Seafood -- being Japanese you may not find anything surprising. Fish monger: Christophe, in the sheltered market (marché couvert) in Passy. Restaurants: Le Divellec ($$$$$), Le Duc (bd Saint Germain, min 50€/pers), Les Fables de la Fontaine (rue Saint dominique again, gourmet neighborhood for sure).

      That would be it for typical French food in Paris that jumps to mind.

      8 Replies
      1. re: souphie

        Hi, Souphie, thanks for your gigantic useful informations!!! You must be master of Paris. Yeah, I'd love to eat every single parts of animals, like you said langue de boeuf, rognons, pied, tete.... Since not many restaurants open on Sunday, I'm planning to go to le pied de cochon one of Sunday during my visit. I'm very exciting about it. Right now I'm actually looking for the restaurants serving cerveau d'agneau(or veau?), but I can not find yet. Also I'm looking for the restaurants serving fish head(grill or pot?) In Japan some people say tuna's best part is not belly(toro), meat around the eyes!!! If you or whoever know the place, let me know!! Merci, Souphie again!!

        1. re: jp28cook

          Not certain I would recommend "Le Pied de Cochon" it is now very touristy and dosn't have a great reputation for the authenticity of the food....although it is cheap.

          A good guide book to get hold of is the UK's "Time Out Guide to Eating and Drinking in Paris". This is quite a critical guide (sometimes to critical) but does have sections for restaurants which have strong regional influences, and it is these which will offer the most regional authenticity in Paris (although as always it is better to sample in situ rather than in Paris).

          Another tip is to look at the Paris foodies site - Fooding ( If you go into "Le Guide", select "Paris" in the second drop down box, then "Terroirs, fruit de mer" in the next box then click "OK". The restaurants this brings up are the regional/sea food ones. It is in French but you can see the cuisine under he address - for xample Le Dauphin is Sud Quest (South West). If you can't read French just drop the reviews into "alta vista" ( for a rough translation. The Fooding movement is quite selective and very Parisian so you can usually trust them.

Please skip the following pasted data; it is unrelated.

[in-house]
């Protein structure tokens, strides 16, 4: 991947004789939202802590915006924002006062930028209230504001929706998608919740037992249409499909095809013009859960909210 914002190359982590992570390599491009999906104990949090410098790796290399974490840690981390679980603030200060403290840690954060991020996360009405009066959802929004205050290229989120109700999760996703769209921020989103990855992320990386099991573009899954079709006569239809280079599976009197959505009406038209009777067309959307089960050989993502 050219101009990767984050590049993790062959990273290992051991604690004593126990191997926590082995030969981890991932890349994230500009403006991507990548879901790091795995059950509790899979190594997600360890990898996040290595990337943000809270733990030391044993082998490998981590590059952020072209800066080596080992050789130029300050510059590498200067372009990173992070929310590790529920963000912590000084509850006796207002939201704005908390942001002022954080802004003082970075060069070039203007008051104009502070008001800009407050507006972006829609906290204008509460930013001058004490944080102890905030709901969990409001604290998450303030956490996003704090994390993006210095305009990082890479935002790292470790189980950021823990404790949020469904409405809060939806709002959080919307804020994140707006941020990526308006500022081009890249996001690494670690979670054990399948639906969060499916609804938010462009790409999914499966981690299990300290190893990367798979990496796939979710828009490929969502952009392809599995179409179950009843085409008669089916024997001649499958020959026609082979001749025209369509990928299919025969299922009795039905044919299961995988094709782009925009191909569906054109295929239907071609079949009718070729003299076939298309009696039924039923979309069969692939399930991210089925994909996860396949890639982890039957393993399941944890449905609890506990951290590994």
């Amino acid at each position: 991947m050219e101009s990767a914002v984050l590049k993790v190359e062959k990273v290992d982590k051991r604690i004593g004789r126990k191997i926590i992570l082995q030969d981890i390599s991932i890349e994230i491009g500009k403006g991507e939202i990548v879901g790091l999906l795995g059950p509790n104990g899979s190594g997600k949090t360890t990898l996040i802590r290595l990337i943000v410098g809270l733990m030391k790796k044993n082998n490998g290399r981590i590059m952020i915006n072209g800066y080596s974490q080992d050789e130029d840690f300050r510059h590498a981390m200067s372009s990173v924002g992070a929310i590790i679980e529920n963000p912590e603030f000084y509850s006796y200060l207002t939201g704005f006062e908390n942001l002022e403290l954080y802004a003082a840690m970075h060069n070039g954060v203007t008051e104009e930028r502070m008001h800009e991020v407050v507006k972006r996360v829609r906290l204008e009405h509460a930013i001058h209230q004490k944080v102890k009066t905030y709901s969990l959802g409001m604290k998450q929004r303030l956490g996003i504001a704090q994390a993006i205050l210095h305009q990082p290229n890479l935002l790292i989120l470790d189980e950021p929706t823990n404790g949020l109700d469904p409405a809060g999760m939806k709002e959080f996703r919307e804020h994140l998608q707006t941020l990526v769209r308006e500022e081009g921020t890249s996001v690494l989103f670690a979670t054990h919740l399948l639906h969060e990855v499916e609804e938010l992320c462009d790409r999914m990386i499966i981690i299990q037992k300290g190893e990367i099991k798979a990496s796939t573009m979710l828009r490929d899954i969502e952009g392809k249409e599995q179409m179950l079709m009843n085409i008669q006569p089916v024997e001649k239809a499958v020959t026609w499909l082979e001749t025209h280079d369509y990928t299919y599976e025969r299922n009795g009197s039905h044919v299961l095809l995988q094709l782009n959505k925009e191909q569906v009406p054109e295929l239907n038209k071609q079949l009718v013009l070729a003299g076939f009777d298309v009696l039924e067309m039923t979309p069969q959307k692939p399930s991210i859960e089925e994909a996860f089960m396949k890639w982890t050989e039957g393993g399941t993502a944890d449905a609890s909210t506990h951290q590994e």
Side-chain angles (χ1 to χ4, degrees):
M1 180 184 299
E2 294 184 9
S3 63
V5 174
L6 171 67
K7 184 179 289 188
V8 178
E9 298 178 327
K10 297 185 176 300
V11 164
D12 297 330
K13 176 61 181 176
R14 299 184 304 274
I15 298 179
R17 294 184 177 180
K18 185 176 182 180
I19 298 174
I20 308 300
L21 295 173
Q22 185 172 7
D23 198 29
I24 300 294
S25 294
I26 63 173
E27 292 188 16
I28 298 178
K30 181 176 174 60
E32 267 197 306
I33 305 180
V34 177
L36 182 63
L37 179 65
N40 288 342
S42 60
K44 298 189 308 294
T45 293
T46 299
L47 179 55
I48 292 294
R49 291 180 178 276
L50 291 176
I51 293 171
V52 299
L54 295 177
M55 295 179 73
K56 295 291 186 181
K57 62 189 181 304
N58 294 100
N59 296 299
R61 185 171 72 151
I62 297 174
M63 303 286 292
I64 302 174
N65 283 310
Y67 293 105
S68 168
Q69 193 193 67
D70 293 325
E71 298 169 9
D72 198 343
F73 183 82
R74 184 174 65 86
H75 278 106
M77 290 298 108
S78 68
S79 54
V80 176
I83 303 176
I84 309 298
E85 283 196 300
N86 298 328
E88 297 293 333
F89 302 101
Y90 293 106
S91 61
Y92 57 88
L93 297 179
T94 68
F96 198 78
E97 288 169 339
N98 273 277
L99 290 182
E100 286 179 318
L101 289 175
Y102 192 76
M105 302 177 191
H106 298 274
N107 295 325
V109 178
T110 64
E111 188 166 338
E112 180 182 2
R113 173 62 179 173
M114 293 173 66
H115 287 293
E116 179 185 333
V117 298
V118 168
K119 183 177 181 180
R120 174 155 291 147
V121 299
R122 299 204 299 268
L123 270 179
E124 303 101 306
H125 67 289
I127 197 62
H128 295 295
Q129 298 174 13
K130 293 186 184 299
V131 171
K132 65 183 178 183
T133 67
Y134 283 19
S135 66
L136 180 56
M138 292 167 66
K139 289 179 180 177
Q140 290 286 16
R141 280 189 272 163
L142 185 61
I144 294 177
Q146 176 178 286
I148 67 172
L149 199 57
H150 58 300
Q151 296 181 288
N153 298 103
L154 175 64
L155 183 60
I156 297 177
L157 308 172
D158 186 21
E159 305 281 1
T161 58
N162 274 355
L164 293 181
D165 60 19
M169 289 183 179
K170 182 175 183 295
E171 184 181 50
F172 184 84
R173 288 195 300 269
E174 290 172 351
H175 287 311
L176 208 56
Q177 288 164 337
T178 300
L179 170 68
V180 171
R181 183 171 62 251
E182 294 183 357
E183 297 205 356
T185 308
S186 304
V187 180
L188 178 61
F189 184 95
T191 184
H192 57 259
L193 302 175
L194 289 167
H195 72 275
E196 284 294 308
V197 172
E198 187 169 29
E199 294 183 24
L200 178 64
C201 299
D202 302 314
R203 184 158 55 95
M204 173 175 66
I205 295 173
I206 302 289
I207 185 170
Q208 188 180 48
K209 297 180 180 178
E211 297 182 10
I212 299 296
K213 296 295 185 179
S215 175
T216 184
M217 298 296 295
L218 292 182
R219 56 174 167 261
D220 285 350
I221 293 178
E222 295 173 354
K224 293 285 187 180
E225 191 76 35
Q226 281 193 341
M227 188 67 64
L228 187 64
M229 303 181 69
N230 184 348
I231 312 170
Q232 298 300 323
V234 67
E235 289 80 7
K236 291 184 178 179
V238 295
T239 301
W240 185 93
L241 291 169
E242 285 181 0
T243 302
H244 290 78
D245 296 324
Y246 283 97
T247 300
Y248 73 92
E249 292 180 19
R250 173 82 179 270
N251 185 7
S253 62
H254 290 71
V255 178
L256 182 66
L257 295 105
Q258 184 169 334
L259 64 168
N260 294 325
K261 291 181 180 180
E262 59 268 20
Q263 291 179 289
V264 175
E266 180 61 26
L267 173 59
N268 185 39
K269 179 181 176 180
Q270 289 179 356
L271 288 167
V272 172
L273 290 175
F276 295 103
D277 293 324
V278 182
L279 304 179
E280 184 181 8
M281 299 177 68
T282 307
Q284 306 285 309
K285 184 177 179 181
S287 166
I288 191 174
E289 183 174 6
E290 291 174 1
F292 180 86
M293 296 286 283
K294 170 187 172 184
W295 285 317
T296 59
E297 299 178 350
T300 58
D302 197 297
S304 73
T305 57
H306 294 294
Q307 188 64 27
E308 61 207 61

Not certain if you will find many fish cheeks, prawn heads or other Asian delicacies though...but the oysters are great if they are in season.

        2. re: souphie

          Delicious foodstore "produits d'Auvergne" in the rue Cambronne, between Lecourbe and Vaugirard. Most products do not go in fridge, or only moderate temperature (11 celsius). Unparalleled taste. Lots of typical products. Go.

          1. re: souphie

            Ris de veau is not tripe -- it's veal kidney.

            1. re: pikawicca

              You are right and wrong. Ris de veau are not tripes, they are what the French call abats, that is, non muscle meat. They are not part of the digestive system, therefore not tripes. They are not, however, kidneys. Veal kidmeys are referred to as Rognons. The sweetbread-ris de veau is the gland known as thymus in medical terms, located in the neck.

              There is next to the eglise a restaurant that does only abats (langue, cervelle, etc.), but I cannot remember its name anymore- Sounds like the sort of thing you are looking for, jp28. I think it is where Fogon used to be. Anyone sees what I a'm talking about?

              1. re: souphie

                You're right of course; I should've remembered that the "ris" are the ones I love, and the "rognons" the ones I loathe. Hope I never make this mistake in a French restaurant!

                1. re: souphie

                  I remembered: Ribouldingue, rue Saint Julien le Pauvre. They also do groins (pig's nose), tetines (nipples), cervelle (brain). Also a specialty of tete de veau at Petrossians, Av. Niel (17th arrdt), which is also a major wine shop.

                  1. re: souphie

                    Pig snout is often called museau, or is that something else? A traditional Provencal recipe would serve it room temperature and sliced, bathed in vinegar and cornichons.

            2. There are items on the seafood platters in France that you can't get in the U.S., and I didn't see them in Japan, either. Bulot for one, which I love. And the French oysters are different from American ones.

              1 Reply
              1. re: Gypsyfish

                In what way are French oysters different from North American ones?